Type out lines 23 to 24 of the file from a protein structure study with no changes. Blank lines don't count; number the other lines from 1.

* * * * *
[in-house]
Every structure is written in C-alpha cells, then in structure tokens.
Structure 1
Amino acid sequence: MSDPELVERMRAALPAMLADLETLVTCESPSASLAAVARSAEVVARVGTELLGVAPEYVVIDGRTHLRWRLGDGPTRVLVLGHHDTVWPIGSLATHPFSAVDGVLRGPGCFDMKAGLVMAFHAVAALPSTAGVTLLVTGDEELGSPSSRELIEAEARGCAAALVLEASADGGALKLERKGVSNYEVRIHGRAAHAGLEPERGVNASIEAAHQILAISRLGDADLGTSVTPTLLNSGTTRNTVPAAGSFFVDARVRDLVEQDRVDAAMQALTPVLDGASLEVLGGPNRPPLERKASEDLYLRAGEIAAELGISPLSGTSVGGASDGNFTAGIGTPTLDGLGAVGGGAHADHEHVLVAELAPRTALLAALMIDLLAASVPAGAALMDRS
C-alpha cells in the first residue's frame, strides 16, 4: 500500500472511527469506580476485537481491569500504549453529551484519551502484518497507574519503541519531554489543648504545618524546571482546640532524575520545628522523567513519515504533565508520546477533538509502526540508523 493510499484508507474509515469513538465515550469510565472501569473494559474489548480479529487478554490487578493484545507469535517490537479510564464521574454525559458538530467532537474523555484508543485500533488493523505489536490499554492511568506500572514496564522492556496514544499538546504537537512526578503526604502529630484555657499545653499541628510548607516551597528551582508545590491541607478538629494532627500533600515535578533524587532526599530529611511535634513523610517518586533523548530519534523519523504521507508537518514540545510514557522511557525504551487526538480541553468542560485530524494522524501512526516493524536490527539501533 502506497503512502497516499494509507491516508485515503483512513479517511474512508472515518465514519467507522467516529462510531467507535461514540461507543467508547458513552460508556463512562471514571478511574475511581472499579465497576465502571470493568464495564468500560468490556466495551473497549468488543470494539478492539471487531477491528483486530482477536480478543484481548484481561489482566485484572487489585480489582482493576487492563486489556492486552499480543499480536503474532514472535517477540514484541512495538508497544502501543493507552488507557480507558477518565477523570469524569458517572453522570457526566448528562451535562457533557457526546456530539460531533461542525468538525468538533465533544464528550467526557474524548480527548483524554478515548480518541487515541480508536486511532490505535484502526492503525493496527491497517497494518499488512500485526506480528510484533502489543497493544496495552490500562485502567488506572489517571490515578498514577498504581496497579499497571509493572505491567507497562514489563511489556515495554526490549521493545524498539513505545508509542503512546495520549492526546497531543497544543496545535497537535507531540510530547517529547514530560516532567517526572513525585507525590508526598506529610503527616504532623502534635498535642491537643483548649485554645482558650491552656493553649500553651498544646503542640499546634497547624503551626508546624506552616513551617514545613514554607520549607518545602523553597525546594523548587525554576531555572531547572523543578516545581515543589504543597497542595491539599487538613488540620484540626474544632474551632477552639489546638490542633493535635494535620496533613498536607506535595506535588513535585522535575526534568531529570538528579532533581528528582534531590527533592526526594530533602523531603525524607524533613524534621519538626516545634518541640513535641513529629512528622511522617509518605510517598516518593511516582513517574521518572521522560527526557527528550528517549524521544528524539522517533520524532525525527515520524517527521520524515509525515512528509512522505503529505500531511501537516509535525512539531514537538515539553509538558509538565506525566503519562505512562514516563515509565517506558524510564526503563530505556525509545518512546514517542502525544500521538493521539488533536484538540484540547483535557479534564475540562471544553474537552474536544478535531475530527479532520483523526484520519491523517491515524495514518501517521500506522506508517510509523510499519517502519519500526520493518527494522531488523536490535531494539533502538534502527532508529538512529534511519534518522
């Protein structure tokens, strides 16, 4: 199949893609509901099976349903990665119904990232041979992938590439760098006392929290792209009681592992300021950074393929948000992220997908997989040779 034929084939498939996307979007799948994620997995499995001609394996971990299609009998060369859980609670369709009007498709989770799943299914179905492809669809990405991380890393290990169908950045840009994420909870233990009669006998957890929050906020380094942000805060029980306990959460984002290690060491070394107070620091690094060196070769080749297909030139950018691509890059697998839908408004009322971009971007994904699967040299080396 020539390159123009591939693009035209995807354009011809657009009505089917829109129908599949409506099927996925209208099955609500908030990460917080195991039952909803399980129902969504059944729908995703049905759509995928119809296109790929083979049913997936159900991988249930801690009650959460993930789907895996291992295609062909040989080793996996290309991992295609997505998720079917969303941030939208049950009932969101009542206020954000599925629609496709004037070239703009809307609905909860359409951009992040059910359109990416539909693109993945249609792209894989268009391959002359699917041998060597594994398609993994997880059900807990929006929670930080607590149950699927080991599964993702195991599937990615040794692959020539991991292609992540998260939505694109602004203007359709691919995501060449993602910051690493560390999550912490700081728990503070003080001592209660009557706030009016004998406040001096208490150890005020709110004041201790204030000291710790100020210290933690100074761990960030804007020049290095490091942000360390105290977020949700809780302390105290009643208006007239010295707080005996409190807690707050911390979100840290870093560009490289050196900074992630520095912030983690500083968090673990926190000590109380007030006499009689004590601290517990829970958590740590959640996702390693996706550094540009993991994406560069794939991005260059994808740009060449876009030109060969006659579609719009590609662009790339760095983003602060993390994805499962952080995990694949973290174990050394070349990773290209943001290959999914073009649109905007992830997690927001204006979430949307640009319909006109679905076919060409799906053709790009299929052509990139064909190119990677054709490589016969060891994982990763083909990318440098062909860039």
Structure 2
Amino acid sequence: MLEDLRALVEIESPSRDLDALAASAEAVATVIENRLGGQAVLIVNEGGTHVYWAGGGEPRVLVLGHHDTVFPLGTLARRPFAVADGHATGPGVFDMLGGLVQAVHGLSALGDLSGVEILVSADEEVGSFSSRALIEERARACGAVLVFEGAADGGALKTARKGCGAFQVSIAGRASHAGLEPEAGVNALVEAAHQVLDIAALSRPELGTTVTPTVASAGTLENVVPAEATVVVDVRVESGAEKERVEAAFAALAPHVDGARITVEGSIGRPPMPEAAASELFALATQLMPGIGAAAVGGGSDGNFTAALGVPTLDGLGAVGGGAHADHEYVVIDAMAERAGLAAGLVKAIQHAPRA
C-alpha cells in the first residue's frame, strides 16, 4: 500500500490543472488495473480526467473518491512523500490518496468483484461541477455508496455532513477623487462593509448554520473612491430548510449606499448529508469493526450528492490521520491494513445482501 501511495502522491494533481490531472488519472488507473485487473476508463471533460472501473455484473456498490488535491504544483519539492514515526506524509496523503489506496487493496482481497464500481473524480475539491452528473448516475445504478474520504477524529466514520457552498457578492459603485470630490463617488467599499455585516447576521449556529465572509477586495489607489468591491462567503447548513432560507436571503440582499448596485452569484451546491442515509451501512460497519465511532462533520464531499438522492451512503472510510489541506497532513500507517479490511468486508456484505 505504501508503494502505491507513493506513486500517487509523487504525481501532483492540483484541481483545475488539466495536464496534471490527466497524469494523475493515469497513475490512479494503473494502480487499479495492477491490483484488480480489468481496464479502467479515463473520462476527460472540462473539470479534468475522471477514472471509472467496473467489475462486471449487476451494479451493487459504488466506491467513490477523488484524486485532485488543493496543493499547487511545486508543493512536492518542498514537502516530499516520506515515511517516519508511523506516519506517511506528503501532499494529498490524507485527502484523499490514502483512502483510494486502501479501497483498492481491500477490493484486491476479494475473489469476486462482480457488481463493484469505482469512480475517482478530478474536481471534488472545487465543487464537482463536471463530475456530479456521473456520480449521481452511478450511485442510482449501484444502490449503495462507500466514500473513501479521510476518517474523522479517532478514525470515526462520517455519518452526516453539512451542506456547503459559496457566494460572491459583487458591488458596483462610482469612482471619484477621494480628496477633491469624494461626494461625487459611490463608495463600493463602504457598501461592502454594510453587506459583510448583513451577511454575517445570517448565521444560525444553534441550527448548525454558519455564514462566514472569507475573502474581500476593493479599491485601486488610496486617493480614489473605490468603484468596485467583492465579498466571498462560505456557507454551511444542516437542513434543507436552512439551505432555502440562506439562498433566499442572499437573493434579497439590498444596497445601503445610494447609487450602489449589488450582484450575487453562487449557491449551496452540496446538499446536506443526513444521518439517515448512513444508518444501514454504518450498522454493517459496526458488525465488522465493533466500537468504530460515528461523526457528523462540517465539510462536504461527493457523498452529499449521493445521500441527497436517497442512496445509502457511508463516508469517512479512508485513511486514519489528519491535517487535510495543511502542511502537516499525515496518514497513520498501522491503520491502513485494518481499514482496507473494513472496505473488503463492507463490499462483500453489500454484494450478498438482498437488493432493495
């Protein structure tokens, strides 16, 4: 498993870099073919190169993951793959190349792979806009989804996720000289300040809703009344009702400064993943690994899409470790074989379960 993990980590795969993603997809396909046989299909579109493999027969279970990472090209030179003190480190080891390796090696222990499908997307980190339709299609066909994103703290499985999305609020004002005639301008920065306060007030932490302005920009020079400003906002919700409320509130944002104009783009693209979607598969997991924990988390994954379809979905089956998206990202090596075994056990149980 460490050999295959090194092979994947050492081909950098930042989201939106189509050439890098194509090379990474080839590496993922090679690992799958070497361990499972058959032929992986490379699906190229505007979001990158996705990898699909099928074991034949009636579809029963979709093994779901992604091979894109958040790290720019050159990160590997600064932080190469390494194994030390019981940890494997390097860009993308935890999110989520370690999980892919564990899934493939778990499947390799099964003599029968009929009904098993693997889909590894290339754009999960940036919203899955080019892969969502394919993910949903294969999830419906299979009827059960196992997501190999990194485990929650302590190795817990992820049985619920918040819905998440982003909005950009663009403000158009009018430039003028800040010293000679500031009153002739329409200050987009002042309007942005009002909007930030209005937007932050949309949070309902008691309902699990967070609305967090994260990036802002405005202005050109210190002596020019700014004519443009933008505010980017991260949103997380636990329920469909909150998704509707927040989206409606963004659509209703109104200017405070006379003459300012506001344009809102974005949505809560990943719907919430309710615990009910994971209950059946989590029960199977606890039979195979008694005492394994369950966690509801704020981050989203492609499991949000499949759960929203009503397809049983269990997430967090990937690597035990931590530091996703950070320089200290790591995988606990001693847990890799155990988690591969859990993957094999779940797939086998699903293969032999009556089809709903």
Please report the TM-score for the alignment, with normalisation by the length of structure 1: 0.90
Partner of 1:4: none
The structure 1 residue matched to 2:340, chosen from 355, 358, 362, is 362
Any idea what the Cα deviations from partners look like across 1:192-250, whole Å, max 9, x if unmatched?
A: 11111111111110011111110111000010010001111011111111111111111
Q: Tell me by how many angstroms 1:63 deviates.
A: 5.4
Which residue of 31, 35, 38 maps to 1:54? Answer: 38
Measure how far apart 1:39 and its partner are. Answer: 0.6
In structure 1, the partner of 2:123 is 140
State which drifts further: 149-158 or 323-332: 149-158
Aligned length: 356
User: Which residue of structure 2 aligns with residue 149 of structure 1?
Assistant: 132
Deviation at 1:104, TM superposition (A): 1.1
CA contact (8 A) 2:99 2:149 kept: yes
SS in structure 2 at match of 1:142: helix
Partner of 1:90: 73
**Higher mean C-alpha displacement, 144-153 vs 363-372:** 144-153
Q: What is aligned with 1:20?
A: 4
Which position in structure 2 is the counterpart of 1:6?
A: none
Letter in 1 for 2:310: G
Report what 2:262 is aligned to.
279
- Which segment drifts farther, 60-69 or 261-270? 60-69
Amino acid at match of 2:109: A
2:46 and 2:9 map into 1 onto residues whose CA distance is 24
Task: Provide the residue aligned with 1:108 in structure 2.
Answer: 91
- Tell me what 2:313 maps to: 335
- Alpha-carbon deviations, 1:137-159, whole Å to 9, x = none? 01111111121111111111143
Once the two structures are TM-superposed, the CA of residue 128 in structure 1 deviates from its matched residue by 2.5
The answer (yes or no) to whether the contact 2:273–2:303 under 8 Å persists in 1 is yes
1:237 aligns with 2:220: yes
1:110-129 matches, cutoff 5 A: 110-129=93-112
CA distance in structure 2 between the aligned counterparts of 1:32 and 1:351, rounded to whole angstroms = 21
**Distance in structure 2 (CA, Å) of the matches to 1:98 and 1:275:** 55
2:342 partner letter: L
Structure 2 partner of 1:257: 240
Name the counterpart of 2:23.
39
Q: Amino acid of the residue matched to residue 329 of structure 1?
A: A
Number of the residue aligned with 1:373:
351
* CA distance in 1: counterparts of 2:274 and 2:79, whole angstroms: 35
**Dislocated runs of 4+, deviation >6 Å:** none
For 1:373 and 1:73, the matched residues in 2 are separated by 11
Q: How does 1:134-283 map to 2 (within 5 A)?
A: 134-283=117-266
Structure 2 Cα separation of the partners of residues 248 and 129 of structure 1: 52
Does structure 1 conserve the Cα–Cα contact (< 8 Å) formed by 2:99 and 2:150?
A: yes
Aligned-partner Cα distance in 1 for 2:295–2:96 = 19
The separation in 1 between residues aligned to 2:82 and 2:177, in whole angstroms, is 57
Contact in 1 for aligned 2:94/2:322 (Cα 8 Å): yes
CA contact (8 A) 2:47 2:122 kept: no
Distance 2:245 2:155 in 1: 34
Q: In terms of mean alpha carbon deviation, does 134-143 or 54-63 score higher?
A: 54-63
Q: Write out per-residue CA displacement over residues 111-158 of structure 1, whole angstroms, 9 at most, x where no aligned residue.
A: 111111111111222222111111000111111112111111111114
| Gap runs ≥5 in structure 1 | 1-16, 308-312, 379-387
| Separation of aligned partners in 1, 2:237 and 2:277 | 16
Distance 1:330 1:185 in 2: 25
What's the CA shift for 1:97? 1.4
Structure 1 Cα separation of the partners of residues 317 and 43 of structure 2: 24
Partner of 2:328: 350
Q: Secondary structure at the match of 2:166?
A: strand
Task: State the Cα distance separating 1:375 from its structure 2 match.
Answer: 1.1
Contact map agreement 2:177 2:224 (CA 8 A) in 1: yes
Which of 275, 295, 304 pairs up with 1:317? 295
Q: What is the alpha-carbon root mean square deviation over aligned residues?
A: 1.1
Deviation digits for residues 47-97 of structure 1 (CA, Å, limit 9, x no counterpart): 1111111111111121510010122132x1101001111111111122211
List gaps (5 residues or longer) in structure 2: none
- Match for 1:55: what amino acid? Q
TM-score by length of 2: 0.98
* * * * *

User: Which residue of structure 2 aligns with residue 149 of structure 1?
Assistant: 132